Abstract

We present a new all-optical method for the magnification of small-intensity fluctuations using the nonlinear Kerr effect. A fluctuation of interest is impressed onto a sinusoidally modulated optical signals (SMOS) and spectral sidebands are generated as the SMOS experiences self-phase modulation in a nonlinear medium. Magnification of these temporal variation is obtained by filtering one of the sidebands. For small fluctuations, the amount of magnification obtained is proportional to (2m + 1), with m being the sideband order. This technique enhances fiber-based point sensor capabilities by bringing signals originally too small to be detected into the detection range of photodetectors.

© 2020 Optical Society of America under the terms of the OSA Open Access Publishing Agreement

1. Introduction

Most optical intensity based sensors, such as a Mach-Zehnder interferometer [14] exhibit a sinusoidal power dependance to a parameter of interest, such as strain or temperature, as illustrated in Fig. 1(a). If the intensity fluctuation that results from the measured parameter variation is too weak to be detected, illustrated as a sinusoidal signal in Fig. 1(b), an amplifier, such as an erbium-doped fiber amplifier, is utilized to amplify the intensity of the fluctuation to a detectable level. However, this leads to the amplification of both the useful signal and its offset, the latter is defined as the optical power level at the base of the signal of interest, as illustrated in Fig. 2. This can lead to a saturation of the photodetector because the intensity becomes higher than the saturation level of the photodetector, as illustrated in Fig. 1(c) where the dashed line represents the saturation level. Hence there exist a maximum amplification beyond which the signal can not be detected. To extract a small fluctuation and remain below the photodetector saturation limit, a magnification of the signal of interest must be combined with a reduction of its offset, as presented in Fig. 1(d). A solution to this issue can be found using nonlinear optical processes as some allow for optical signal reshaping and reamplification based on self-phase modulation (SPM) [58] and for general all-optical signal processing when including cross-phase modulation, three and four wave mixing processes [9].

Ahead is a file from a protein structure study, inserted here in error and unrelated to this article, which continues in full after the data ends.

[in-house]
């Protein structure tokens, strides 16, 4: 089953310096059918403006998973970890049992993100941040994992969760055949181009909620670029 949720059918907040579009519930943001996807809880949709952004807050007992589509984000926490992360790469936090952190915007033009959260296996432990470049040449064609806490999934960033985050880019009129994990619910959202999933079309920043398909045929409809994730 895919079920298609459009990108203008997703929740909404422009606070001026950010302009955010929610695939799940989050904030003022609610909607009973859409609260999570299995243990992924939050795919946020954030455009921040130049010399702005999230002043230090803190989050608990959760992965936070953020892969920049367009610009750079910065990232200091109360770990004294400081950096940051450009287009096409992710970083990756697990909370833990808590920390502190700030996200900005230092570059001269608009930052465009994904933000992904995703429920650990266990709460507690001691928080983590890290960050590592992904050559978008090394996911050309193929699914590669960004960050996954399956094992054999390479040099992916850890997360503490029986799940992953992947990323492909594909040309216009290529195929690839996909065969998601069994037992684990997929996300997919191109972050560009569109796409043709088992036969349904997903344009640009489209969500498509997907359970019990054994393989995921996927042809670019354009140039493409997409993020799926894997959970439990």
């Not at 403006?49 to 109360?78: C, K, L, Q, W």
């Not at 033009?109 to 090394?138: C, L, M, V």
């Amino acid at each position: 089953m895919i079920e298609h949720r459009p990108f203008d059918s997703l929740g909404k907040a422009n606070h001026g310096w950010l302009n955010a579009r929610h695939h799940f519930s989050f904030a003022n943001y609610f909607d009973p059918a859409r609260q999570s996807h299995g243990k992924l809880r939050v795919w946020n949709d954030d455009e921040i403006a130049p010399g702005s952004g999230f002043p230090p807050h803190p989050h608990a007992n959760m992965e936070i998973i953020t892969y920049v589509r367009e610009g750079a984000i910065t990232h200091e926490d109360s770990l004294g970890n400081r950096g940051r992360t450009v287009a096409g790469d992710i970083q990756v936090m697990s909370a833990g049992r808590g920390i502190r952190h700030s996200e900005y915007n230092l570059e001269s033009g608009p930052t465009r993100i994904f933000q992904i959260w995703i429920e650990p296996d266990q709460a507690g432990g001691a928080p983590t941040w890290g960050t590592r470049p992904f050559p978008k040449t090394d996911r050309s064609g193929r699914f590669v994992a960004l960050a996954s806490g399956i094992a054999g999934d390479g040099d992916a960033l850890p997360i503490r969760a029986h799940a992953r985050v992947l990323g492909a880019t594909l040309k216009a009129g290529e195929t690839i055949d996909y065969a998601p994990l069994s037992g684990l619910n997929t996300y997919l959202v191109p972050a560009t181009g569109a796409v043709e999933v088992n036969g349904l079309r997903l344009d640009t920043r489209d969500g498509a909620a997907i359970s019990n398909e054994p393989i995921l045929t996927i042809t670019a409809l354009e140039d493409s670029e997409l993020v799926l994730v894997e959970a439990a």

figure: Fig. 1.

Fig. 1. Illustration of the amplification and magnification of small intensity fluctuations. $\epsilon$: Strain, P: Power, PD: Photodetector, T: Temperature, V: Voltage. a) Optical sensor operating at the quadrature point, b) The original signal power with respect to the PD saturation level, c) The amplified signal is above the saturation level and can not be detected, d) The magnified signal is below the saturation level and can be detected.

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 figure: Fig. 2.

Fig. 2. Illustration of the signal parameters, defining the maximum and minimum powers as well as the signal offset power.

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In this paper, we propose and demonstrate the use of SPM to magnify a signal intensity fluctuation and reduce its offset power to prevent photodetector saturation. First, we present the theory behind optical signal magnification and define the signal contrast. Then, we predict the magnification factor of the signal contrast for small amplitude signals. Finally, we present an experimental setup generating all-optical small signals magnification and show a close agreement between theoretical predictions and experimental results.

2. Magnification of optical signals

It has been demonstrated that spectral sidebands are generated through SPM if a sinusoidally modulated optical signal (SMOS) featuring a high peak power undergoes the nonlinear Kerr effect [10,11]. All-optical signal magnification using the nonlinear Kerr effect is achieved by operating at power levels exhibiting an exponential relationship between powers of the input signals propagating through the Kerr medium and the generated sidebands. By adjusting the peak power of the signal sent into the Kerr medium, any deviations from the original power profile will get magnified. The maximum power of the signal $P_{max}$ is defined as the peak power of the signal, the minimum power $P_{min}$ as the power at the troughs which also corresponds to the offset power of the signal $P_{offset}$ , and the signal’s magnitude $P_{signal}$ is defined as the difference $P_{max}-P_{min}$, as illustrated in Fig. 2. The signal contrast at the input of the Kerr medium, $\rho _{in}$, is expressed as :

$$\rho_{in}=\frac{P_{max}-P_{min}}{P_{min}}$$
Based on Fig. 2, the total power is described as the sum of the offset power and the signal power: $P_{tot}=P_{offset}+P_{signal}$. Therefore, $\rho _{in}$ can be expressed as:
$$\rho_{in}=\frac{P_{offset}+\max\{{P_{signal}}\}}{P_{offset}}-1.$$